Fans of Hatke’s brilliant Zita the Spacegirl series will love this story as well. (And if you haven’t bought Zita and given a copy to every kid you know while also accidently keeping a copy for yourself, then we can’t be friends.) The same strengths are on display here: wild creativity, an intoxicating sense of wonder, and a clean, expressive art style that highlights the characters and makes the story easy to follow. Hatke’s garden creatures can morph from awe-inspiring to terrifying and back again in the space of a single panel. The colors, achieved by Alex Campbell and Hilary Sycamore, are muted and almost glowing, creating a magical overtone that keeps some of the scarier moments from veering too dark. The minimalist style and emphasis on visual storytelling also make the book an excellent choice for children or adults unfamiliar with graphic novel reading conventions. (You never have to guess which panel to read next; it’s always obvious.)
How to Talk to Girls at Parties
Neil Gaiman (writer), Gabriel Bá & Fábio Moon (pencillers)
Dark Horse Comics, July 2016
Reviewed by Rachel Swirsky
“How to Talk to Girls at Parties” (2006, Fragile Things) is my favorite Neil Gaiman short story. (You can find it online now, too: bit.ly/1kiIYnA) When I saw it had been adapted into a graphic novel, illustrated by brothers Gabriel Bà and Fàbio Moon, I was eager to pick it up.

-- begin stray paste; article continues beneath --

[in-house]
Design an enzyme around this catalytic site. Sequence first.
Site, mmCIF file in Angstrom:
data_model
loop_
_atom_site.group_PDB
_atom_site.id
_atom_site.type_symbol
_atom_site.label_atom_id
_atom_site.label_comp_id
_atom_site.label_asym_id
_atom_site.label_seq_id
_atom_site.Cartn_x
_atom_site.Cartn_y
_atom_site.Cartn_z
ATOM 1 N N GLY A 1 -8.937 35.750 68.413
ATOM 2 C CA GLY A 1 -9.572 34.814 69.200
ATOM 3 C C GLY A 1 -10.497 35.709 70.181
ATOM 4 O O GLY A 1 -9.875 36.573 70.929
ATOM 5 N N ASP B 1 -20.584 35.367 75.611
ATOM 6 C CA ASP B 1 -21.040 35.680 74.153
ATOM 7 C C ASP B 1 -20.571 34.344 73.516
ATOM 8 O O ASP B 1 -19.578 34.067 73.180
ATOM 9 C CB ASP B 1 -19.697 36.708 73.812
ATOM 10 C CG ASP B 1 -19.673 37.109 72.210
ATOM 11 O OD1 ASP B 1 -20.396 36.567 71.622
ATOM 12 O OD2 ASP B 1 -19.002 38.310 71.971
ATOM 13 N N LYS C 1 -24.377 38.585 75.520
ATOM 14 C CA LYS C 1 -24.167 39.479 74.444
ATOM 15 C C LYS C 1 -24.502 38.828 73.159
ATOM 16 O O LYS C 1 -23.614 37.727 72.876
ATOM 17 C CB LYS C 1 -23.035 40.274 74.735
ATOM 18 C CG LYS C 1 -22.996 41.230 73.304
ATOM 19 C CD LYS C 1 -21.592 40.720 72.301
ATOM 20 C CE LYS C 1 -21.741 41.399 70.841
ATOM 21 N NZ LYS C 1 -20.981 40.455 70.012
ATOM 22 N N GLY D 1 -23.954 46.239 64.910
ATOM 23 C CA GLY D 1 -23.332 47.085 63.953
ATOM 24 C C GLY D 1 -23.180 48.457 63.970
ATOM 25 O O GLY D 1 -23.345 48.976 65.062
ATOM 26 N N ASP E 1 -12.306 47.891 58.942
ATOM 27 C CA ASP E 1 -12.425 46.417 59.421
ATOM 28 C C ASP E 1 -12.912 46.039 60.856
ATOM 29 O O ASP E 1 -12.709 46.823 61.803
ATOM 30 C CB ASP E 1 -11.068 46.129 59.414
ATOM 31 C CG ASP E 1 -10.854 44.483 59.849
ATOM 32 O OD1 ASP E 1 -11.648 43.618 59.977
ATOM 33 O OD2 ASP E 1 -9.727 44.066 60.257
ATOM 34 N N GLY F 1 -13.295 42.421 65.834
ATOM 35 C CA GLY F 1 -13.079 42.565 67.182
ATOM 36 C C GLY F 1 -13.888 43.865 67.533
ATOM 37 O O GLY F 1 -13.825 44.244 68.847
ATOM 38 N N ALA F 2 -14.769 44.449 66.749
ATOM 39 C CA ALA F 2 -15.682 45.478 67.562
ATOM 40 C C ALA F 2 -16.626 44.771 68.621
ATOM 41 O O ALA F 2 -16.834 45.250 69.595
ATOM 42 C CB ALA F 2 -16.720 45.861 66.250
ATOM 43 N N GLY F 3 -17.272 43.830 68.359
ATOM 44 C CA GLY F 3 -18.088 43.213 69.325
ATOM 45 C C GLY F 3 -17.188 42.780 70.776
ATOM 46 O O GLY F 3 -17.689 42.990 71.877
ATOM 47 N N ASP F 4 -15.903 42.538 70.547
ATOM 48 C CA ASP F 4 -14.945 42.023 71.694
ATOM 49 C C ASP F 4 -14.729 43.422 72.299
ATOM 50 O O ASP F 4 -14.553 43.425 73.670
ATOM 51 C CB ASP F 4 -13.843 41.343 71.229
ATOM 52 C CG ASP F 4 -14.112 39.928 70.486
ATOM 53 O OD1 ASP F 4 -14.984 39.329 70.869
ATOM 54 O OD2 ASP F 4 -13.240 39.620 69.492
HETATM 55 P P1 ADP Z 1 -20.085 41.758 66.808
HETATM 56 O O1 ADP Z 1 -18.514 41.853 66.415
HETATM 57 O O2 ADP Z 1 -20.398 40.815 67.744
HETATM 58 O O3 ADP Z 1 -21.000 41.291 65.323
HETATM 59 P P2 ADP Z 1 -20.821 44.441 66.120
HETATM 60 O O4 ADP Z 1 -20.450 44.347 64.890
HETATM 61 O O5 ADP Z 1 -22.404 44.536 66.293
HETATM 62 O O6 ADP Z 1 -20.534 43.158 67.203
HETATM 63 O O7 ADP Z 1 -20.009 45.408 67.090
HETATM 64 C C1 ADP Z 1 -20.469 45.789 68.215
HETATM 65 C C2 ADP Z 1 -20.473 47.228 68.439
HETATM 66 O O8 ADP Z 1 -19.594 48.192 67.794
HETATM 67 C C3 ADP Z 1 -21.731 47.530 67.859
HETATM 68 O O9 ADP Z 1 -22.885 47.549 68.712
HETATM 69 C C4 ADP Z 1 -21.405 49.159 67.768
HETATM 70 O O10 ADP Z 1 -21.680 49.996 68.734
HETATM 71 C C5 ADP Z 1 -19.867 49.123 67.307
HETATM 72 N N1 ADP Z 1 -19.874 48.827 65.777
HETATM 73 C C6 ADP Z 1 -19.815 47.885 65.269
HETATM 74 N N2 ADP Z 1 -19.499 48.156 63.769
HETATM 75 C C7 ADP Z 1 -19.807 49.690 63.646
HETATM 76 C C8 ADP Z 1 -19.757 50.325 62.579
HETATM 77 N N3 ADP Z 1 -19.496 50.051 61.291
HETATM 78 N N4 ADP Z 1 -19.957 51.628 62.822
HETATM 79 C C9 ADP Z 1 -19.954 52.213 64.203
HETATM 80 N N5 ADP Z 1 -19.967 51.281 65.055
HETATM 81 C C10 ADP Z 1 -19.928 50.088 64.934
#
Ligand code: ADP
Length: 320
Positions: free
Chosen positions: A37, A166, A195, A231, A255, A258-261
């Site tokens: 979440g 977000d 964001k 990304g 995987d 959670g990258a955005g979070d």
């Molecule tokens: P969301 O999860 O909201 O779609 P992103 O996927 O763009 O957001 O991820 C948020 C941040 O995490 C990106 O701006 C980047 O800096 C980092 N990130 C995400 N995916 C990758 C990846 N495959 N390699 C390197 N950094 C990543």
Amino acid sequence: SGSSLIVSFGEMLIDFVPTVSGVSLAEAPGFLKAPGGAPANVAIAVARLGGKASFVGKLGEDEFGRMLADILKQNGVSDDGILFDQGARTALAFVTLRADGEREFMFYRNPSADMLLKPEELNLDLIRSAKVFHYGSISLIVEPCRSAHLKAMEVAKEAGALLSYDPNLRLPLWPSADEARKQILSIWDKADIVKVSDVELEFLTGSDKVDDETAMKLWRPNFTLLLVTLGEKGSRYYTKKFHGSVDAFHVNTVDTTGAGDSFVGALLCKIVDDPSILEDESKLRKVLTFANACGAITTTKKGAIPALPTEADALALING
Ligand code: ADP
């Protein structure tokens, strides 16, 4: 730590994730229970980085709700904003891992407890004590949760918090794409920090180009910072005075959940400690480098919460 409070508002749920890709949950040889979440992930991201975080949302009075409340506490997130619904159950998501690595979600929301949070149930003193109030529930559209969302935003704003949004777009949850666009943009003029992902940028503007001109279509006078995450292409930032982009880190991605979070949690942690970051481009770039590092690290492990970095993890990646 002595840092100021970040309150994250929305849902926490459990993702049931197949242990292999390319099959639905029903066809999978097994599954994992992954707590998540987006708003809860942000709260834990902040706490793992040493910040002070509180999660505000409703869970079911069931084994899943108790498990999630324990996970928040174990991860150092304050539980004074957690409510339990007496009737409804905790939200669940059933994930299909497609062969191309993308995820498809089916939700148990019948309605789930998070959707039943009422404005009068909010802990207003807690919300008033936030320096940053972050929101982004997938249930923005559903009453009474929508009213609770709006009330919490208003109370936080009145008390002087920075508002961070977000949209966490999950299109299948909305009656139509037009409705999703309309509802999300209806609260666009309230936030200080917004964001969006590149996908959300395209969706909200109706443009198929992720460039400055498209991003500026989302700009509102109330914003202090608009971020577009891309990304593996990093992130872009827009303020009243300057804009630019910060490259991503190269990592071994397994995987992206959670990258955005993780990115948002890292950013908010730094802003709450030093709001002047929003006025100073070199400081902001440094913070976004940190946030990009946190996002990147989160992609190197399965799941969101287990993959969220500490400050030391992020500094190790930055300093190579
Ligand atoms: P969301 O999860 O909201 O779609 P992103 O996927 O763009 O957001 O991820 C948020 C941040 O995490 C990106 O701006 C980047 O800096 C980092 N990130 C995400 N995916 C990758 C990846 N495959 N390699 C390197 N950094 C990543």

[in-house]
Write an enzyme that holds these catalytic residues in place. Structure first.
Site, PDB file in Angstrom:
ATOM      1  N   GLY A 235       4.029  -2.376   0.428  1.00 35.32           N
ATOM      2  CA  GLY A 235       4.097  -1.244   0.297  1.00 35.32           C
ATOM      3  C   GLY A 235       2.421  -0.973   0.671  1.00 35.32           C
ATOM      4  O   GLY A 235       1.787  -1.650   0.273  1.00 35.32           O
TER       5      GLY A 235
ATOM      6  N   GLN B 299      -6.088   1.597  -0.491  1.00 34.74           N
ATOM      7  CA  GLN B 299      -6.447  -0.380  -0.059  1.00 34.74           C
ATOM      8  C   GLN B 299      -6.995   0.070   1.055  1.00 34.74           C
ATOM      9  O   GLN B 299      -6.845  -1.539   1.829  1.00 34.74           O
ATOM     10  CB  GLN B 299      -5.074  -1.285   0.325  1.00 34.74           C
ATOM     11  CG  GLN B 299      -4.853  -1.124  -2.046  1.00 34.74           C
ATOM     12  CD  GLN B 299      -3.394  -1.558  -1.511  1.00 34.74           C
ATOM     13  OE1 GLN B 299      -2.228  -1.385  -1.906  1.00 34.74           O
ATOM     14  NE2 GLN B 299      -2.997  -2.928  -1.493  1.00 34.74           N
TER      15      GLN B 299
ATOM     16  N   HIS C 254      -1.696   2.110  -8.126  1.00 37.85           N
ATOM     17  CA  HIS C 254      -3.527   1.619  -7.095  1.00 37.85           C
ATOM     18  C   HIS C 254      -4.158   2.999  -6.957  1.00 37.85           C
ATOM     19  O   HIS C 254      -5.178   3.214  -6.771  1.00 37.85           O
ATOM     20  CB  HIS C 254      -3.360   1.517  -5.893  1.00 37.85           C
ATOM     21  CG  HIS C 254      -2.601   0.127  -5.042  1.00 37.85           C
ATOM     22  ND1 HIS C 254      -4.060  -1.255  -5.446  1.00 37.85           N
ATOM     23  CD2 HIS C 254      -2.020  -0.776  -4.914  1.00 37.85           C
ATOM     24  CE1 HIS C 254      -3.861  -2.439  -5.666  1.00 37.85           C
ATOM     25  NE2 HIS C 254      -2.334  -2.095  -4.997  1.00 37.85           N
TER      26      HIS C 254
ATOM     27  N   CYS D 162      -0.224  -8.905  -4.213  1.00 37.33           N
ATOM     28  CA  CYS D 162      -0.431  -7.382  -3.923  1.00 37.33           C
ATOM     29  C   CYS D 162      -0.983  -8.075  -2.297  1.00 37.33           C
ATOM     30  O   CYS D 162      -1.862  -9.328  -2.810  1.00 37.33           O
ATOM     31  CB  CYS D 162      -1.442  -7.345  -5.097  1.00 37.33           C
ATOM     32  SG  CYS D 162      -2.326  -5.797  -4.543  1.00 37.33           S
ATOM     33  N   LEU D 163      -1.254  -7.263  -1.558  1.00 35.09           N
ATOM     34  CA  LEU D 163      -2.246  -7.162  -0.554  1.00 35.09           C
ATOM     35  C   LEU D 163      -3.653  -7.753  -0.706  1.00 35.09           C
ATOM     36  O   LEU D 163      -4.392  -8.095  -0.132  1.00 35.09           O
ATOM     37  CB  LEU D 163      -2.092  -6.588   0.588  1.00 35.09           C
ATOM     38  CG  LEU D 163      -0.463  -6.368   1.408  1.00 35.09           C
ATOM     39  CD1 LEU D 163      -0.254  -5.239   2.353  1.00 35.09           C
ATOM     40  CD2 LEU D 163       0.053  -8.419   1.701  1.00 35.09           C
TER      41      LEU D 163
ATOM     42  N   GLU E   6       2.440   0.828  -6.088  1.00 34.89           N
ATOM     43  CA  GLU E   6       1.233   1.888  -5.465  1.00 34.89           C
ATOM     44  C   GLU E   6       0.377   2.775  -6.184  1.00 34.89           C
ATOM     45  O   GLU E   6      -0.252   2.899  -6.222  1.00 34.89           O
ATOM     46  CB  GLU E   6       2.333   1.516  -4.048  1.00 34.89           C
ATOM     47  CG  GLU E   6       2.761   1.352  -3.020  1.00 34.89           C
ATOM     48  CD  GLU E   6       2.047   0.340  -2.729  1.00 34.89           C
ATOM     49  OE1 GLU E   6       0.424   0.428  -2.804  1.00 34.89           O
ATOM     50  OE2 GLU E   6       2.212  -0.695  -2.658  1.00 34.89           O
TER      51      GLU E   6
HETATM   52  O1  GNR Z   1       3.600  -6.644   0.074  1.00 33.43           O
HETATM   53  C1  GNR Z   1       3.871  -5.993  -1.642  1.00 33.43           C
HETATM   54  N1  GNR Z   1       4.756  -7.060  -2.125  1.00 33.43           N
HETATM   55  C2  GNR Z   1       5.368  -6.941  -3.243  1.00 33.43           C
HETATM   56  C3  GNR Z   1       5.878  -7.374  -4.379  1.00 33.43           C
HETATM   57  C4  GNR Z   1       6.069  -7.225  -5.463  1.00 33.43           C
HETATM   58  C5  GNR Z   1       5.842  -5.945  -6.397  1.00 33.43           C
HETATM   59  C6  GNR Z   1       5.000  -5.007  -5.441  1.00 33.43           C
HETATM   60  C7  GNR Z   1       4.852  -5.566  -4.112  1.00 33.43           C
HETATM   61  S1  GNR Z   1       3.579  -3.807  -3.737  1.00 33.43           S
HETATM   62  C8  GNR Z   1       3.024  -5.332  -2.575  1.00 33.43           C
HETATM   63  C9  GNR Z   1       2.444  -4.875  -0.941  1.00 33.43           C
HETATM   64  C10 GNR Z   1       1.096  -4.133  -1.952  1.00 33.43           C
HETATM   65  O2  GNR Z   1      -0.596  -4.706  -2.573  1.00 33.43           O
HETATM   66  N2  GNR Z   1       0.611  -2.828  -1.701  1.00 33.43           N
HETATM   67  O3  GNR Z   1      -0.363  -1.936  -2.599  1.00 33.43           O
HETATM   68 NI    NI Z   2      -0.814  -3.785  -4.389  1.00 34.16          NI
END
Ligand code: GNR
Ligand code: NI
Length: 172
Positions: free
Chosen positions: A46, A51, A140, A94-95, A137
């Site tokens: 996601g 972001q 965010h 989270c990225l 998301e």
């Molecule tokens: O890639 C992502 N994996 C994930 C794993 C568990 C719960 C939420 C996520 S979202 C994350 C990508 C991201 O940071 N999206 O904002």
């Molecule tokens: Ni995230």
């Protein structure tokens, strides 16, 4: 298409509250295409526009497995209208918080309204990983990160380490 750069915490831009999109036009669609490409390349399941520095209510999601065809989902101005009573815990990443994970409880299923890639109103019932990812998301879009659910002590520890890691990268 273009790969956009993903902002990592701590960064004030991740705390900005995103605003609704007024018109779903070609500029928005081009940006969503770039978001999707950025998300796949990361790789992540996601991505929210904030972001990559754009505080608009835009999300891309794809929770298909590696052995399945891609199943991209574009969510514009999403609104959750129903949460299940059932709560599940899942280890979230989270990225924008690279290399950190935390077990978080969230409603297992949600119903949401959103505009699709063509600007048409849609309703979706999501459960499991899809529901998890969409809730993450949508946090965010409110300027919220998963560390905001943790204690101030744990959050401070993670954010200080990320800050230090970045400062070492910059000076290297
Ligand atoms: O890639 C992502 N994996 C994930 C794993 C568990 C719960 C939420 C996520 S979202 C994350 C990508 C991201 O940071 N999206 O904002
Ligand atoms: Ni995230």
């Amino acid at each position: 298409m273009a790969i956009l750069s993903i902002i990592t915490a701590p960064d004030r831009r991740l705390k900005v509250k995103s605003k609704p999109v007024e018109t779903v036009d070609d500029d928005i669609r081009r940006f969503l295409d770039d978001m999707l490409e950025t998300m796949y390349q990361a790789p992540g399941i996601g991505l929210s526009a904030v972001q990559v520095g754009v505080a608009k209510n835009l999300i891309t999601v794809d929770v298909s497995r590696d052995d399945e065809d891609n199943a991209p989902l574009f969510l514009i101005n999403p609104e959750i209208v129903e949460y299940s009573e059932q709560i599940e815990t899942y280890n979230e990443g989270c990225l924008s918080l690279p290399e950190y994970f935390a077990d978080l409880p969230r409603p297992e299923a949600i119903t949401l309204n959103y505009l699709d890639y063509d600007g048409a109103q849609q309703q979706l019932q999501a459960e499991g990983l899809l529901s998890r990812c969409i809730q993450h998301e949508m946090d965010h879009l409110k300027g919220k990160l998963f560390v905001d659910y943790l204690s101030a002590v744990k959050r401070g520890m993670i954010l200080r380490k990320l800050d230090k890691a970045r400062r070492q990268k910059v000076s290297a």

Two fifteen-year-old boys, Vic and Enn, are on their way to a party. To Enn, girls are daunting, mysterious, incomprehensible. Confident Vic assures him girls aren’t so strange; they’re not from a different planet. “Just talk to them.”
After Vic disappears with the beautiful hostess, Enn wanders. Taking Vic’s advice, he talks to girl after girl, only to find they are as strange as he’d imagined and feared. They let slip disjointed pieces of alien lives in which they were incarnated as insects, or swam in sunfire. Enn doesn’t seem to register their odd narratives. They are girls; of course they speak strangely. In surreal moments, he responds to a confession about alien slavery by offering water, and to another girl’s story about being engulfed and reincarnated by attempting to put his arm around her.